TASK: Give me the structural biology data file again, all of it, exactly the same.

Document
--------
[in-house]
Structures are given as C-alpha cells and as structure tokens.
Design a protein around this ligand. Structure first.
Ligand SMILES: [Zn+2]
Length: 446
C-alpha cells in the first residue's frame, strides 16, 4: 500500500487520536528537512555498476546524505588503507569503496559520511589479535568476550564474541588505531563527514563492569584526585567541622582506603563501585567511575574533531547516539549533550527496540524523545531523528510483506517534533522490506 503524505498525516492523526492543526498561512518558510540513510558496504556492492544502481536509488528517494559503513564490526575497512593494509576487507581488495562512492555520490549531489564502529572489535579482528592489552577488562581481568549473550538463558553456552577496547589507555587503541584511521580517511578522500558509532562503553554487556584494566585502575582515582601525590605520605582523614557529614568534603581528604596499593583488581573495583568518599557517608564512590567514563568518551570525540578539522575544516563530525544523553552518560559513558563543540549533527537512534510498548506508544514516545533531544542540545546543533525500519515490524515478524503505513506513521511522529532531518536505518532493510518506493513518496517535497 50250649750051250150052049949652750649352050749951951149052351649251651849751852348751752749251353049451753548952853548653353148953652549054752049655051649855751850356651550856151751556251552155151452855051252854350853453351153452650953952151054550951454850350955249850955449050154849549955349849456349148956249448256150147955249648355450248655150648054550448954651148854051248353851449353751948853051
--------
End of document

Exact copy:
[in-house]
Structures are given as C-alpha cells and as structure tokens.
Design a protein around this ligand. Structure first.
Ligand SMILES: [Zn+2]
Length: 446
C-alpha cells in the first residue's frame, strides 16, 4: 500500500487520536528537512555498476546524505588503507569503496559520511589479535568476550564474541588505531563527514563492569584526585567541622582506603563501585567511575574533531547516539549533550527496540524523545531523528510483506517534533522490506 503524505498525516492523526492543526498561512518558510540513510558496504556492492544502481536509488528517494559503513564490526575497512593494509576487507581488495562512492555520490549531489564502529572489535579482528592489552577488562581481568549473550538463558553456552577496547589507555587503541584511521580517511578522500558509532562503553554487556584494566585502575582515582601525590605520605582523614557529614568534603581528604596499593583488581573495583568518599557517608564512590567514563568518551570525540578539522575544516563530525544523553552518560559513558563543540549533527537512534510498548506508544514516545533531544542540545546543533525500519515490524515478524503505513506513521511522529532531518536505518532493510518506493513518496517535497 50250649750051250150052049949652750649352050749951951149052351649251651849751852348751752749251353049451753548952853548653353148953652549054752049655051649855751850356651550856151751556251552155151452855051252854350853453351153452650953952151054550951454850350955249850955449050154849549955349849456349148956249448256150147955249648355450248655150648054550448954651148854051248353851449353751948853051